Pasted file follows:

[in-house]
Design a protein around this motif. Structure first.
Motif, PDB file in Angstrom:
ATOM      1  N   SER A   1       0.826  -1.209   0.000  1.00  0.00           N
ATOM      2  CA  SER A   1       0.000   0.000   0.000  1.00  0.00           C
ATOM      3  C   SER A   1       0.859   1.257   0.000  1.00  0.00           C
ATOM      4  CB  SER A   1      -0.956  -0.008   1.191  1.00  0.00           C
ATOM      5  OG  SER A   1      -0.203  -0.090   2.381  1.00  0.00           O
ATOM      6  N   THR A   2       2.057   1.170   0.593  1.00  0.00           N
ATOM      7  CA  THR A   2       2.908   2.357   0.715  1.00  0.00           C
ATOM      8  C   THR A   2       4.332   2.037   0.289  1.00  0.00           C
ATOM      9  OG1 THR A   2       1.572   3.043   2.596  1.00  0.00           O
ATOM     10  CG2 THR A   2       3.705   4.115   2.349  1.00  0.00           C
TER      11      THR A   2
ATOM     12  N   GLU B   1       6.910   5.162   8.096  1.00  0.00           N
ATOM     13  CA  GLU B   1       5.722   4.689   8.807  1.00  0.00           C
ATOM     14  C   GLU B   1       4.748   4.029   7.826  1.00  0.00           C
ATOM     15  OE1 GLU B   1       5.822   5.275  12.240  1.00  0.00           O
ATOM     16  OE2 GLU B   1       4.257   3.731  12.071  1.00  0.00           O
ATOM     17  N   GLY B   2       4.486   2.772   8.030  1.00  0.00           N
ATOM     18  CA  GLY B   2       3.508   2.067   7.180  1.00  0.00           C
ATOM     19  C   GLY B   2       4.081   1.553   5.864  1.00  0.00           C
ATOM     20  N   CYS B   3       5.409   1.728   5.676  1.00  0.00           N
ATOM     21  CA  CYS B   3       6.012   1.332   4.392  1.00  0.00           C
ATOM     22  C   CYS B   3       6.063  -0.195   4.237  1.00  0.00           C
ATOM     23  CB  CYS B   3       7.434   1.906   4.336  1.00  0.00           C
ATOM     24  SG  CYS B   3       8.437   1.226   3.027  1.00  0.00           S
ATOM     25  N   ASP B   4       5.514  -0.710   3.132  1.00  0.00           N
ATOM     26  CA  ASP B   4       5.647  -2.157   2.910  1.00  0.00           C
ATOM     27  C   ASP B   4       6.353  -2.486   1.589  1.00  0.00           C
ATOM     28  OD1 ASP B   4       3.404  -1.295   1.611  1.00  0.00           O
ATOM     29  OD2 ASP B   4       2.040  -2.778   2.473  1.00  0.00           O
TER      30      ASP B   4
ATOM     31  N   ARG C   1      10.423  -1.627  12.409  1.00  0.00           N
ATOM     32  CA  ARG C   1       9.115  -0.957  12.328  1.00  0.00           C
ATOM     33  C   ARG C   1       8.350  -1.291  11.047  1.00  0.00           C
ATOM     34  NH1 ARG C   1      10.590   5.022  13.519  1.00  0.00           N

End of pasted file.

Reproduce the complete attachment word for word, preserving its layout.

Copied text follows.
[in-house]
Design a protein around this motif. Structure first.
Motif, PDB file in Angstrom:
ATOM      1  N   SER A   1       0.826  -1.209   0.000  1.00  0.00           N
ATOM      2  CA  SER A   1       0.000   0.000   0.000  1.00  0.00           C
ATOM      3  C   SER A   1       0.859   1.257   0.000  1.00  0.00           C
ATOM      4  CB  SER A   1      -0.956  -0.008   1.191  1.00  0.00           C
ATOM      5  OG  SER A   1      -0.203  -0.090   2.381  1.00  0.00           O
ATOM      6  N   THR A   2       2.057   1.170   0.593  1.00  0.00           N
ATOM      7  CA  THR A   2       2.908   2.357   0.715  1.00  0.00           C
ATOM      8  C   THR A   2       4.332   2.037   0.289  1.00  0.00           C
ATOM      9  OG1 THR A   2       1.572   3.043   2.596  1.00  0.00           O
ATOM     10  CG2 THR A   2       3.705   4.115   2.349  1.00  0.00           C
TER      11      THR A   2
ATOM     12  N   GLU B   1       6.910   5.162   8.096  1.00  0.00           N
ATOM     13  CA  GLU B   1       5.722   4.689   8.807  1.00  0.00           C
ATOM     14  C   GLU B   1       4.748   4.029   7.826  1.00  0.00           C
ATOM     15  OE1 GLU B   1       5.822   5.275  12.240  1.00  0.00           O
ATOM     16  OE2 GLU B   1       4.257   3.731  12.071  1.00  0.00           O
ATOM     17  N   GLY B   2       4.486   2.772   8.030  1.00  0.00           N
ATOM     18  CA  GLY B   2       3.508   2.067   7.180  1.00  0.00           C
ATOM     19  C   GLY B   2       4.081   1.553   5.864  1.00  0.00           C
ATOM     20  N   CYS B   3       5.409   1.728   5.676  1.00  0.00           N
ATOM     21  CA  CYS B   3       6.012   1.332   4.392  1.00  0.00           C
ATOM     22  C   CYS B   3       6.063  -0.195   4.237  1.00  0.00           C
ATOM     23  CB  CYS B   3       7.434   1.906   4.336  1.00  0.00           C
ATOM     24  SG  CYS B   3       8.437   1.226   3.027  1.00  0.00           S
ATOM     25  N   ASP B   4       5.514  -0.710   3.132  1.00  0.00           N
ATOM     26  CA  ASP B   4       5.647  -2.157   2.910  1.00  0.00           C
ATOM     27  C   ASP B   4       6.353  -2.486   1.589  1.00  0.00           C
ATOM     28  OD1 ASP B   4       3.404  -1.295   1.611  1.00  0.00           O
ATOM     29  OD2 ASP B   4       2.040  -2.778   2.473  1.00  0.00           O
TER      30      ASP B   4
ATOM     31  N   ARG C   1      10.423  -1.627  12.409  1.00  0.00           N
ATOM     32  CA  ARG C   1       9.115  -0.957  12.328  1.00  0.00           C
ATOM     33  C   ARG C   1       8.350  -1.291  11.047  1.00  0.00           C
ATOM     34  NH1 ARG C   1      10.590   5.022  13.519  1.00  0.00           N